Skip to main content
×
Home
    • Aa
    • Aa
  • Print publication year: 2009
  • Online publication date: May 2009

16 - Changes in the world of publishing

from Part III - Histories: Writing in the New Movements
Summary
The term 'publishing', used to denote a discrete and stable commercial practice, dates from the first quarter of the nineteenth century. The years of Romanticism saw the English book trade change from a craft to something that might plausibly be called an industry. By the last quarter of the eighteenth century the British book trade had enjoyed a long period of stability. A considerable proportion of the increase in publishing is accounted for by the expansion of commercial novel publishing. Publishing had always been concentrated in London, indeed, it was virtually a metropolitan monopoly until the mid-eighteenth century. As some firms concentrated on publishing, so others saw new opportunities in the old enterprises of retailing and wholesaling. At the end of the eighteenth century the law, practices and constitution of the book trade had already changed profoundly, and its market had expanded enormously. Printing was undergoing its own industrial revolution.
Recommend this book

Email your librarian or administrator to recommend adding this book to your organisation's collection.

The Cambridge History of English Romantic Literature
  • Online ISBN: 9781139055970
  • Book DOI: https://doi.org/10.1017/CHOL9780521790079
Please enter your name
Please enter a valid email address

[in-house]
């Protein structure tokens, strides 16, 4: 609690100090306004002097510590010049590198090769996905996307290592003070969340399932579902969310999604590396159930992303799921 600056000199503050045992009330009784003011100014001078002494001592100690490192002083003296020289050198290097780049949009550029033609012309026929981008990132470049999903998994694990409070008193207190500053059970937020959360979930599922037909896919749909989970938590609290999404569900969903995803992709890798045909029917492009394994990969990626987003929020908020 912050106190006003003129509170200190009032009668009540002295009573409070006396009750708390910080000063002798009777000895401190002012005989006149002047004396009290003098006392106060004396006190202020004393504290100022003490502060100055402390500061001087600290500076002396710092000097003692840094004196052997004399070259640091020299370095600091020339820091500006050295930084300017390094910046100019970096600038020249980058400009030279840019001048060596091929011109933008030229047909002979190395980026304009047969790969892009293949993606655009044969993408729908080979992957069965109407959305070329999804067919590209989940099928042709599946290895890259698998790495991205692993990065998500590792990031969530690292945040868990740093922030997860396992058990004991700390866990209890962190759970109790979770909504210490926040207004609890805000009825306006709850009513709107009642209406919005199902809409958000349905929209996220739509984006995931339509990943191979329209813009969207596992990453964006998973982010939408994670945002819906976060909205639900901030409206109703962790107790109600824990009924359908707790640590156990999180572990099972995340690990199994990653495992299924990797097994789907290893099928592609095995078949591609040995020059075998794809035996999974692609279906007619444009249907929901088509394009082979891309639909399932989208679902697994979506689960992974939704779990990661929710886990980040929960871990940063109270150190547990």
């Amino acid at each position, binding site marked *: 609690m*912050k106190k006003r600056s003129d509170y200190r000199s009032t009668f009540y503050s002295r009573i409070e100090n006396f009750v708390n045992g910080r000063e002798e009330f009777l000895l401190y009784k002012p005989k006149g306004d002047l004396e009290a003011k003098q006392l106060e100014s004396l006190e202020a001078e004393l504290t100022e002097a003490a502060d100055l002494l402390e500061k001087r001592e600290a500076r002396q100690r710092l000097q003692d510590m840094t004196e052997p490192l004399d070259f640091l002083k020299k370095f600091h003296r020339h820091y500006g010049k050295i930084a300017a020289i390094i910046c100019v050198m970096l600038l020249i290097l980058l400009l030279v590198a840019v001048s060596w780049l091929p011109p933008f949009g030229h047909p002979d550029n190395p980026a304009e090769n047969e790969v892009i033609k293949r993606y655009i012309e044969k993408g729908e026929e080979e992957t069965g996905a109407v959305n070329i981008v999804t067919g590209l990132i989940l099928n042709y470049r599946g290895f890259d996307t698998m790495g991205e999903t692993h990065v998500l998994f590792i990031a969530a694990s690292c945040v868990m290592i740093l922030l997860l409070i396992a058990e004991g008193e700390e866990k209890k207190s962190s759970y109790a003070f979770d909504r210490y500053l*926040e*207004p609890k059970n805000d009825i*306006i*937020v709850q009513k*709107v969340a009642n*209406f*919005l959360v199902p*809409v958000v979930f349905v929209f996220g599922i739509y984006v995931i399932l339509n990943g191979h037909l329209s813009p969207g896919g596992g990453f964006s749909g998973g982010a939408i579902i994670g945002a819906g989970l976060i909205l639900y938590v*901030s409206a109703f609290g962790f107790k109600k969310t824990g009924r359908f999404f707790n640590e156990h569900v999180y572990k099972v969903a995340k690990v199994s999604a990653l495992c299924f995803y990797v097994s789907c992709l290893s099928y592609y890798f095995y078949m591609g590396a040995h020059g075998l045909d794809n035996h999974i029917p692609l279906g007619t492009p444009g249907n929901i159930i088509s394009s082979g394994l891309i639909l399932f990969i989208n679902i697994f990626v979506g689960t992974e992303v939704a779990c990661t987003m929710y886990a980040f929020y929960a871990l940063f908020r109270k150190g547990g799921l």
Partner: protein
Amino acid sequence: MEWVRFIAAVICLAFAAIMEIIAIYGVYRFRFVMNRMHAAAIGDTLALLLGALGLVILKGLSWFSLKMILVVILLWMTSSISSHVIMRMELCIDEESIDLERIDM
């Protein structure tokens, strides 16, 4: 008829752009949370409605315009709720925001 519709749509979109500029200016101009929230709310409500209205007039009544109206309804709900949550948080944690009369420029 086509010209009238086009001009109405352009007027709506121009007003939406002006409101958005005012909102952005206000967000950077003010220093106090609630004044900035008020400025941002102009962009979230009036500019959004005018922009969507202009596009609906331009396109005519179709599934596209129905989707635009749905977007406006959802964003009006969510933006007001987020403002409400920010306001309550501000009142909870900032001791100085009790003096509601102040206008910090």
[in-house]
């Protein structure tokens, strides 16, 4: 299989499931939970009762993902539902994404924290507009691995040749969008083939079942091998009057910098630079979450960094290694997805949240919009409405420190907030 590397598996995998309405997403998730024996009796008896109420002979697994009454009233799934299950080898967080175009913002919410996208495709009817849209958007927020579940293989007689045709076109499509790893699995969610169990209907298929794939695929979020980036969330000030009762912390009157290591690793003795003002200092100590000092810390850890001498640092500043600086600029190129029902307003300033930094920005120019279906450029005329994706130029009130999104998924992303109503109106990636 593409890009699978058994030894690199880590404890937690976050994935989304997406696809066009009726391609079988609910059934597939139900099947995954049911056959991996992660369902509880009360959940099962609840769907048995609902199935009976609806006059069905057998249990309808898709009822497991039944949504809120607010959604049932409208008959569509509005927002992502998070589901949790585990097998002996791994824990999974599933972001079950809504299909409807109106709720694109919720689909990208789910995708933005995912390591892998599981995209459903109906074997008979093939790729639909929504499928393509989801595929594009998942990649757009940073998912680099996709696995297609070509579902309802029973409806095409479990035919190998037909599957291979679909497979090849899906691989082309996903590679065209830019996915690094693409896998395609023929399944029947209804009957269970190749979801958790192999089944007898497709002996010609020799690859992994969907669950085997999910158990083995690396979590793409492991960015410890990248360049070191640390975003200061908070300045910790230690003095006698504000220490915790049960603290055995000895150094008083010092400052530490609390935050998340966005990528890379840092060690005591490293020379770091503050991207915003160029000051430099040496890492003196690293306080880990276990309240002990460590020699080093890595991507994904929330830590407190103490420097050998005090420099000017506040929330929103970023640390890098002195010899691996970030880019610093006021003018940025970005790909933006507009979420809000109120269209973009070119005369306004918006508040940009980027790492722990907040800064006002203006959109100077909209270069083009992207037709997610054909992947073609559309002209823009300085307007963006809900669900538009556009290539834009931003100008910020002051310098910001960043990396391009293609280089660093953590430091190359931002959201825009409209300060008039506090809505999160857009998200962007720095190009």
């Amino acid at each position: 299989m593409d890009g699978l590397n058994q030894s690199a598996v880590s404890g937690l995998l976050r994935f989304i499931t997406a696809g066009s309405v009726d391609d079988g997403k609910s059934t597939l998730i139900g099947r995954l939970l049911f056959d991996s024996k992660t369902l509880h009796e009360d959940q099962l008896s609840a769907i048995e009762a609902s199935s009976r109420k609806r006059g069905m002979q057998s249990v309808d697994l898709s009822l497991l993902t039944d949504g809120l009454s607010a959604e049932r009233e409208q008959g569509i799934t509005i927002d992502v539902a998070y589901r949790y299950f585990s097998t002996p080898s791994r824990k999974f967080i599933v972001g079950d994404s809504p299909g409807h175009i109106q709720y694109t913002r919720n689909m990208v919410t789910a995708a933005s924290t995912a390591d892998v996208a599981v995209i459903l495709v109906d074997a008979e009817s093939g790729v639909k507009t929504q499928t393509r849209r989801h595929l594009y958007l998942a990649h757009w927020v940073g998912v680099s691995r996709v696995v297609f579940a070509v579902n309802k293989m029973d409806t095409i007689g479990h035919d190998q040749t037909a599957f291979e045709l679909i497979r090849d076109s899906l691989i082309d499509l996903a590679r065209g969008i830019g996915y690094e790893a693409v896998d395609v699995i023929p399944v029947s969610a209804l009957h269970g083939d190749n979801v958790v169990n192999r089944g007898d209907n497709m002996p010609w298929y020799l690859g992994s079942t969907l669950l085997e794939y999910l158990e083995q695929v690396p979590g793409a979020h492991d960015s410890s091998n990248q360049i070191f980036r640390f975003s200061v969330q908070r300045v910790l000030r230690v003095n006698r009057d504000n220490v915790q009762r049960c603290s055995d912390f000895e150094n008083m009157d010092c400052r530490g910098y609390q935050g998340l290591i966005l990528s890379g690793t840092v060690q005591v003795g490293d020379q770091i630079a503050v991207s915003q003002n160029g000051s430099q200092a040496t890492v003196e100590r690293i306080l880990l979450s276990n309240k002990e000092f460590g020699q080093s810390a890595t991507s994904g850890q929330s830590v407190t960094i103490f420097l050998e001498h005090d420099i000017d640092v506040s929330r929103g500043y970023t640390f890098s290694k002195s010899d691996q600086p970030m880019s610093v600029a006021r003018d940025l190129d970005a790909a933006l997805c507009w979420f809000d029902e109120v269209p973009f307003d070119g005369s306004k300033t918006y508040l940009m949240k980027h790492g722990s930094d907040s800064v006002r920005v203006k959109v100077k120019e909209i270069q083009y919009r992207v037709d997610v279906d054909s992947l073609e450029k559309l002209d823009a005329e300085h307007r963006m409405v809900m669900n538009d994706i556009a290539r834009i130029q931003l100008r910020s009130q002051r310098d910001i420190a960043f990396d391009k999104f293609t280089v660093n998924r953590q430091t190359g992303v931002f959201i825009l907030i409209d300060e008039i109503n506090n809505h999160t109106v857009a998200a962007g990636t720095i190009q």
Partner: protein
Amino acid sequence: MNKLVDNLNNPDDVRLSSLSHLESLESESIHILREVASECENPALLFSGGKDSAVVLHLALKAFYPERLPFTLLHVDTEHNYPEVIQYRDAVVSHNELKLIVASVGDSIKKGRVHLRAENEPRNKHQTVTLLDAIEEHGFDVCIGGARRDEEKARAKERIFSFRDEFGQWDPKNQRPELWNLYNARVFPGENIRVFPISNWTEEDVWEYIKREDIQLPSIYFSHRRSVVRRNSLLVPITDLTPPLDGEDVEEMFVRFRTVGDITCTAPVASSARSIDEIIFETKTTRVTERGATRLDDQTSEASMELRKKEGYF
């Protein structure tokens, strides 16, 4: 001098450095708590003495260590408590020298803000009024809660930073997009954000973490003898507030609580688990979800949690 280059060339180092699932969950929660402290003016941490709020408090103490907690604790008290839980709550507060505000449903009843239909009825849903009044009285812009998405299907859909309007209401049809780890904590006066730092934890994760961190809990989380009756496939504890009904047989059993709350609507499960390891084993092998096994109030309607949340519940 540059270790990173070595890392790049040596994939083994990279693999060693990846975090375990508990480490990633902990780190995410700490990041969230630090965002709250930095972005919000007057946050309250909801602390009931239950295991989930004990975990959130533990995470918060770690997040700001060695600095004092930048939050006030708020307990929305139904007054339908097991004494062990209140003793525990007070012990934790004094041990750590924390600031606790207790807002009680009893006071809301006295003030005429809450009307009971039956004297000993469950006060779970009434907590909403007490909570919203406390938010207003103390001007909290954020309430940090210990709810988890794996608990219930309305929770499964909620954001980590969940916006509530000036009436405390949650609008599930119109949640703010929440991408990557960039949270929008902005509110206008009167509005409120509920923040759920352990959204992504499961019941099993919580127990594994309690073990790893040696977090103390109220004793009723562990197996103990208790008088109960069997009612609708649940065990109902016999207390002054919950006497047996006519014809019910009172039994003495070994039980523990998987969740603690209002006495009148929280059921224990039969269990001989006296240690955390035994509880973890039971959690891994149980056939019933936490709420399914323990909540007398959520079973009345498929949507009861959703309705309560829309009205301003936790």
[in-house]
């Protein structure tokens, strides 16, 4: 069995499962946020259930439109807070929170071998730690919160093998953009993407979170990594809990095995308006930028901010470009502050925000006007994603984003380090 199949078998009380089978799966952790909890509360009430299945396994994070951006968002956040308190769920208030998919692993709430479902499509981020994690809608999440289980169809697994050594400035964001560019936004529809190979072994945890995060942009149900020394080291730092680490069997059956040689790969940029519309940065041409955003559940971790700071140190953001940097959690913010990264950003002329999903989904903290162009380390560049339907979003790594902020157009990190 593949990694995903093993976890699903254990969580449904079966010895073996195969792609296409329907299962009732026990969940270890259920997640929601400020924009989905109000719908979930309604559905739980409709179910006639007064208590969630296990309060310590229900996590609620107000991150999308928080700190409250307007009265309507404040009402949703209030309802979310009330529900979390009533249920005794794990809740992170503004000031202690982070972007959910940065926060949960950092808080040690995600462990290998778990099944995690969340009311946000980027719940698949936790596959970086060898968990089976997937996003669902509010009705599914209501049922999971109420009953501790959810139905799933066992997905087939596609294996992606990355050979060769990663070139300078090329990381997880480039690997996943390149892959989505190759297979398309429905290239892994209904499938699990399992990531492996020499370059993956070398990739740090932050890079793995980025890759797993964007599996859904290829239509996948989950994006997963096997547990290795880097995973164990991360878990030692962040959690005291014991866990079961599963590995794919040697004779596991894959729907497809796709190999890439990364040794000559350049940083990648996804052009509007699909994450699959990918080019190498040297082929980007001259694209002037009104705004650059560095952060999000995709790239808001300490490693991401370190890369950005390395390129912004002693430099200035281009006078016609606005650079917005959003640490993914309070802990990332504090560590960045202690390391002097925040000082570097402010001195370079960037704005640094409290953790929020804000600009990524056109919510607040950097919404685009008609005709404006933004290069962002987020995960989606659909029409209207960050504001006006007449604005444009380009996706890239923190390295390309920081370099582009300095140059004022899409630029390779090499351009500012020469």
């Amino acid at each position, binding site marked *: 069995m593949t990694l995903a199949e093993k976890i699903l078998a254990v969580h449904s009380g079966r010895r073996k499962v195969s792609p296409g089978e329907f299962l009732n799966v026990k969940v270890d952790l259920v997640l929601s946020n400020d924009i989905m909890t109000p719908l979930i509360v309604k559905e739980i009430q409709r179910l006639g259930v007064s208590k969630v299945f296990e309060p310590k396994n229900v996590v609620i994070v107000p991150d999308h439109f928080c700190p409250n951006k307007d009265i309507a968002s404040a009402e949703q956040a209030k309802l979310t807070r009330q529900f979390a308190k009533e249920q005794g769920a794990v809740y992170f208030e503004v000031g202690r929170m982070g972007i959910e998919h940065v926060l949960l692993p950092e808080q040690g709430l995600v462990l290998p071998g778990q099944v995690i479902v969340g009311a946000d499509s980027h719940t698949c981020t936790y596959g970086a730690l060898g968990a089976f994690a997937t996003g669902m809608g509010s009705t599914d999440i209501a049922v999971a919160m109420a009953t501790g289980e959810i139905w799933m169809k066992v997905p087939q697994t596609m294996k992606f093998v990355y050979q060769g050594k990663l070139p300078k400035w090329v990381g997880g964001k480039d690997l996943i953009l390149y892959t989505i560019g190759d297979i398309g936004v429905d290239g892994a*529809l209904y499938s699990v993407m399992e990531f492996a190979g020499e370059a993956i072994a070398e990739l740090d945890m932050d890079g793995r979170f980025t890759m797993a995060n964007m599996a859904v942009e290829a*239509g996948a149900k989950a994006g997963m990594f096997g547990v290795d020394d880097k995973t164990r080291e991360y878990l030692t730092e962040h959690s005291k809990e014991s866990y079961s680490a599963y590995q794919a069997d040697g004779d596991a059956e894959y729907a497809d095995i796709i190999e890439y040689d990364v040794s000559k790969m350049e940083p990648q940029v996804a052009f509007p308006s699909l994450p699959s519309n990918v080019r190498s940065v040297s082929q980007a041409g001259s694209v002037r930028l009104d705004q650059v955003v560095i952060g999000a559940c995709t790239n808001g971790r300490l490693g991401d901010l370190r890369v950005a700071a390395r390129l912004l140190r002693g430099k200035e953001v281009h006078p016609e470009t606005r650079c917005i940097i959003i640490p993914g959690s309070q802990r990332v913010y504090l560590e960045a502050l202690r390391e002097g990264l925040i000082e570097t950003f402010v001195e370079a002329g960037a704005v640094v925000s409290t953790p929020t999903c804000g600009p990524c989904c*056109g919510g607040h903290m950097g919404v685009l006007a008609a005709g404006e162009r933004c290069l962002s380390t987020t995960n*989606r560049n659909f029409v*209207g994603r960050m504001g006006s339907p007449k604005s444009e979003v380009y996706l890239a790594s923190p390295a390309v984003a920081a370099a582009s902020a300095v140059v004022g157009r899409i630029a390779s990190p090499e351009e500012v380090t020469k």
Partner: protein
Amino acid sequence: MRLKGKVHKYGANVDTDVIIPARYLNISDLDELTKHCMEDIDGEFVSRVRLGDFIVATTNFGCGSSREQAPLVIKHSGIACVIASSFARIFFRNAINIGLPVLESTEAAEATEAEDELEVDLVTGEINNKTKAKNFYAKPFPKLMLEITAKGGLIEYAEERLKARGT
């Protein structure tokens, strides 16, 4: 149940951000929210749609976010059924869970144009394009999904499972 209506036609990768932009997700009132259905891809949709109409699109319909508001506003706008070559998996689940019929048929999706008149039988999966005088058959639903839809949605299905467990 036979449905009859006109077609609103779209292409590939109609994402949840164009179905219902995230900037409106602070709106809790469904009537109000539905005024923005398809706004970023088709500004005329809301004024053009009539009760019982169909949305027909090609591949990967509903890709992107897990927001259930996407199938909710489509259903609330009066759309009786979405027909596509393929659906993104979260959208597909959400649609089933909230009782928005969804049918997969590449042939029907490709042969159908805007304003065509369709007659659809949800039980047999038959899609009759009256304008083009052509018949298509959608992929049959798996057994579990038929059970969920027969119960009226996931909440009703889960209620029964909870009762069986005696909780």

Who would you like to send this to? *
×

This list contains references from the content that can be linked to their source. For a full set of references and notes please see the PDF or HTML where available.


T. C. W. Blanning , The Culture of Power and the Power of Culture, Oxford: Oxford University Press, 2002.

T. F. Bonnell , ‘John Bell’s Poets of Great Britain: The “little trifling edition” Revisited’, Modern Philology 85 (1987).

J. Feather , A History of British Publishing, London: Routledge, 1988.

J. Feather , The Provincial Book Trade in Eighteenth-Century England, Cambridge: Cambridge University Press, 1985.

C. Y. Ferdinand , Benjamin Collins and the Provincial Newspaper Trade in the Eighteenth Century, Oxford: Clarendon Press, 1997.

N. Fraistat , ‘Illegitimate Shelley: Radical Piracy and the Textual Edition as Cultural Performance’, PMLA 109:3 (1994).

J. Goodfield-Toulmin , ‘Some Aspects of English Physiology, 1780–1840’, Journal of the History of Biology 2 (1969).

L. Huett , ‘Among the Unknown Public: Household Words, All the Year Round, and the Mass-market Periodical in the Mid-Nineteenth Century’, Victorian Periodicals Review 38 (2005).

P. Keen , The Crisis of Literature in the 1790s: Print Culture and the Public Sphere, Cambridge: Cambridge University Press, 1999.

I. McCalman (ed.), An Oxford Companion to the Romantic Age, Oxford: Oxford University Press, 1999.

J. Raven , Judging New Wealth: Popular Publishing and Responses to Commerce in England, 1750–1800, Oxford: Clarendon Press, 1992.

J. Sutherland , Victorian Fiction: Writers, Publishers, Readers, London: MacMillan, 1995.

R. G. Swartz , ‘Wordsworth, Copyright, and the Commodities of Genius’, Modern Philology 89:4 (1992).